photo by Rhett Maxwell
photo by Rhett Maxwell

It’s interesting to note how people react to the idea of me writing a novel.

I don’t talk about my writing unless someone asks, and then, my answer is often colored by what I think that person wants to hear.

If the individual is a friend who’s a writer, reader, or an artist of any kind (which doesn’t necessarily mean they’re a professional artist, but have a love for creativity), I willingly talk, share, and listen for hours. And when this friend and I part, I inevitably feel changed – deepened – by my friend’s personal pursuit for a meaningful existence.

I also have acquaintances who almost always begin a conversation with, “How’s the book coming?” I think they mean well, but I’m learning that those folks are really just using the topic of the book as a conversation opener, much like talking about that day’s weather or how bad construction is on Pima Road. The novel is what I’m identified with, which, as long as I restrict my answer to something like, “Good,” or “Fine,” is kind of nice.

Then, there’s the person who’s a Challenger.

I met one of my Challengers the other day as I walked the dogs. She’s a woman I’ve known for a few years. When I’d last seen her during the holidays, I’d mentioned that I’d finished the first draft of the novel.

“How’s the book coming?” she now asked as I stood there with the dogs.

“Fine,” I replied. “I’m now moving forward, inch by inch, on revisions.”

She looked at me with a stupefied expression on her face. She was almost angry.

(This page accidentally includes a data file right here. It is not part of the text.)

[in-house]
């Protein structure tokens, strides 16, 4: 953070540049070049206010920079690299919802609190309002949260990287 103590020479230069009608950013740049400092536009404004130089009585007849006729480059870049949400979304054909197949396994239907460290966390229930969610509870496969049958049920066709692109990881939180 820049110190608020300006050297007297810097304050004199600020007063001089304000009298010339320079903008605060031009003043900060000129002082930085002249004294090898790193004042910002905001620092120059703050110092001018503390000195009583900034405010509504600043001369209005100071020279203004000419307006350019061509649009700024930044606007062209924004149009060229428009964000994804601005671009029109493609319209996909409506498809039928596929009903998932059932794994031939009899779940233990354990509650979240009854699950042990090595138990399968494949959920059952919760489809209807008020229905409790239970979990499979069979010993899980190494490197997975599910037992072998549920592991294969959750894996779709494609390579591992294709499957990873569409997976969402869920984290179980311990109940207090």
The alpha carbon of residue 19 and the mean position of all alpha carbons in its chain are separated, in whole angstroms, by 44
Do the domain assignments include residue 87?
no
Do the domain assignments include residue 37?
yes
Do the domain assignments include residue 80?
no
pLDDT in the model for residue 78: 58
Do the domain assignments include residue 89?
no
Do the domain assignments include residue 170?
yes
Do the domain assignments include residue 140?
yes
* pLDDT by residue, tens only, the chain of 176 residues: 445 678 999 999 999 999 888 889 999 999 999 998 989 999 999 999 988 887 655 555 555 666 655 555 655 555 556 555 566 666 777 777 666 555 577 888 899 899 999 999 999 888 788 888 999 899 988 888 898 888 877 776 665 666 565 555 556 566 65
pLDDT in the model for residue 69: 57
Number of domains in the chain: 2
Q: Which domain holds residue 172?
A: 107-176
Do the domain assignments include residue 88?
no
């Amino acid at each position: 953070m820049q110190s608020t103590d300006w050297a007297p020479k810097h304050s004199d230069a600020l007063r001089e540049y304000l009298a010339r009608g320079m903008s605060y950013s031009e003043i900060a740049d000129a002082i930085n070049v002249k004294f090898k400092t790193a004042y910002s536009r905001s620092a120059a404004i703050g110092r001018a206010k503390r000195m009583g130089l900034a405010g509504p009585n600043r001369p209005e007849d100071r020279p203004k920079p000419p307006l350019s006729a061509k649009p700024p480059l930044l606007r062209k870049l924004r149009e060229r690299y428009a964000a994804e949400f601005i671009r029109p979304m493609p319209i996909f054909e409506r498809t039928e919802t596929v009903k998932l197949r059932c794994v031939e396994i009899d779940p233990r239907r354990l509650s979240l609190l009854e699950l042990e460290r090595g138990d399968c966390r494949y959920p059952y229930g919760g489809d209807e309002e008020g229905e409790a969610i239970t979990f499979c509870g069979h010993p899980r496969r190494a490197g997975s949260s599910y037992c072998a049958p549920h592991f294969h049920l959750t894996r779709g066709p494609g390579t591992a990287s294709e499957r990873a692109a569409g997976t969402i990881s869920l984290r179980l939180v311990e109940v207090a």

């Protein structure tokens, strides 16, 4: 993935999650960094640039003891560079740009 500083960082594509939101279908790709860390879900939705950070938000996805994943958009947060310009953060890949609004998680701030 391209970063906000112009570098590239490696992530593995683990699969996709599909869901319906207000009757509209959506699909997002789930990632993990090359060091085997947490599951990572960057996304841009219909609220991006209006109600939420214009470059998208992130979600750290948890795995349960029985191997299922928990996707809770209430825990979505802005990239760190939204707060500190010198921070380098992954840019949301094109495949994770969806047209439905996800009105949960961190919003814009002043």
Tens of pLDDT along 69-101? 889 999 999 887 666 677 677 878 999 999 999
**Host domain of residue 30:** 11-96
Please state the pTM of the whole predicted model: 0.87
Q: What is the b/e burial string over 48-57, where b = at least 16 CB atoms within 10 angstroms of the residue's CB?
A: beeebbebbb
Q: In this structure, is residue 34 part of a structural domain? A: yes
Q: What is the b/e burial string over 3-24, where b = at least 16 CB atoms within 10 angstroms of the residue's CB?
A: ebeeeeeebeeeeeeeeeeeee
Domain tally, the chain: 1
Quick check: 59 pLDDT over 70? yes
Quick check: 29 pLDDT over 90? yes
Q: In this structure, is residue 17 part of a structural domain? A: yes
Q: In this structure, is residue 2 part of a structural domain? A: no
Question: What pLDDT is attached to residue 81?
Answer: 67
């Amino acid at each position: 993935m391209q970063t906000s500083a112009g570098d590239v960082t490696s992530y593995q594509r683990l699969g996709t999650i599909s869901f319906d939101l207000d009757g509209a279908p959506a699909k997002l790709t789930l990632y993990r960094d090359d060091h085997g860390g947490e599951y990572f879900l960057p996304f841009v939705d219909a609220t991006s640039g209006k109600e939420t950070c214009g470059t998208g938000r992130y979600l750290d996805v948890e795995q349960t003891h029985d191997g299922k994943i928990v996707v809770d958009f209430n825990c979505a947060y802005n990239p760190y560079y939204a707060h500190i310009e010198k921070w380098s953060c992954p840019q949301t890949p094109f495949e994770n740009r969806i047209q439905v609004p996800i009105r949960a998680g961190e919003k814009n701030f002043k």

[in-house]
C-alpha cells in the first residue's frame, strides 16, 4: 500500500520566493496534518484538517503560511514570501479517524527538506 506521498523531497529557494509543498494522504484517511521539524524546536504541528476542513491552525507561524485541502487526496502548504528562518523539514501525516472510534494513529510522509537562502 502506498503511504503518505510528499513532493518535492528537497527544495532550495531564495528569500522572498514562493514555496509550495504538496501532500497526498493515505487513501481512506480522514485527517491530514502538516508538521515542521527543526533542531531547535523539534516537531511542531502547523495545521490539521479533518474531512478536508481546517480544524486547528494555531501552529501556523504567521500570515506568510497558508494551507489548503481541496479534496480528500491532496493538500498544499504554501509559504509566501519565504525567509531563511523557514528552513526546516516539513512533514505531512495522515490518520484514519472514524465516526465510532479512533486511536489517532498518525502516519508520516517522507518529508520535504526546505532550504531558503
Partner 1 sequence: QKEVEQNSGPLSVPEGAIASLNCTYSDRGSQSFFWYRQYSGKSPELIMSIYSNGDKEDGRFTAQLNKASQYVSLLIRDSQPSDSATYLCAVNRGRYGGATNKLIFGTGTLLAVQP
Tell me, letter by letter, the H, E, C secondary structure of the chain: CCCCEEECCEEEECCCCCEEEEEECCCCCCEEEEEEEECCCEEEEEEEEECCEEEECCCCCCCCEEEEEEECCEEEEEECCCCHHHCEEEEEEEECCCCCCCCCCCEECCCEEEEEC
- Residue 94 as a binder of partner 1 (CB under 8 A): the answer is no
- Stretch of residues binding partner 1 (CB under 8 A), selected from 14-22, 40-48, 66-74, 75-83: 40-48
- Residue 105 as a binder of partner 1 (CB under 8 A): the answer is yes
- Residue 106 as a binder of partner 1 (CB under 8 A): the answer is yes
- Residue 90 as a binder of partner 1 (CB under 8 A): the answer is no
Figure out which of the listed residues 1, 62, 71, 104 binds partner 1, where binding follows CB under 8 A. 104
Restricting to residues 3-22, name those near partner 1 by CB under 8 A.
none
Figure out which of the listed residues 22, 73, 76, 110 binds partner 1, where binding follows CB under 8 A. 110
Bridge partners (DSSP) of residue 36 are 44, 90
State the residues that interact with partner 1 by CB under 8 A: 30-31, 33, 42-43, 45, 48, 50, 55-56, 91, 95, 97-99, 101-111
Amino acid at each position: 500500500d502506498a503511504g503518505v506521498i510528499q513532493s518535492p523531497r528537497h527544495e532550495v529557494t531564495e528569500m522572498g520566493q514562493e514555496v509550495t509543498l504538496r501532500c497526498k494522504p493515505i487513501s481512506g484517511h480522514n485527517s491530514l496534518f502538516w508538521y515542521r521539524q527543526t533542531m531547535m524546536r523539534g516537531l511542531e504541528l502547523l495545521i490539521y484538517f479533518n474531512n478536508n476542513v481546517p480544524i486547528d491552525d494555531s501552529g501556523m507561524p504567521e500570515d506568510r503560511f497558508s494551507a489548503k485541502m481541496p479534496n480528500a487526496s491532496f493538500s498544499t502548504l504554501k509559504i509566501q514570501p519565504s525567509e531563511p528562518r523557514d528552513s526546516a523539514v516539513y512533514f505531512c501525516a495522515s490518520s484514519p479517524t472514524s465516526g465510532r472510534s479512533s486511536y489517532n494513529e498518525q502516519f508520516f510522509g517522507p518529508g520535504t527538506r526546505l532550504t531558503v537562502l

“What do you mean? Wasn’t the first time good enough?

There was a time, not so long ago, when her remark would have cut through to the bone. Anxiety would have tightened its steely grip around my heart. I would have felt extremely guilty for not having achieved more, and for not having done it perfectly the first time around.

Instead, what I experienced was a deep sense of joy within myself. I began to smile, and I couldn’t stop. It was a smile so big and so stupid that I fought the urge to jump up and down and point it out to her.

I tried to explain my process by creating an analogy to painting, where the first draft is a sketch, and revisions are where things like color, texture, and emotion are added. It is, I said, all about depth of story.

I don’t think she understood a single thing I said, but that’s okay. It’s not my job to convert her, or teach her, or persuade her to think in any other way. Right now, my job is to go deeper within myself and take all the time I need, to tell my story the best way I know how, without forgetting to take joy from every minute of creating.

Each day, I live more and more for the big, stupid smile.

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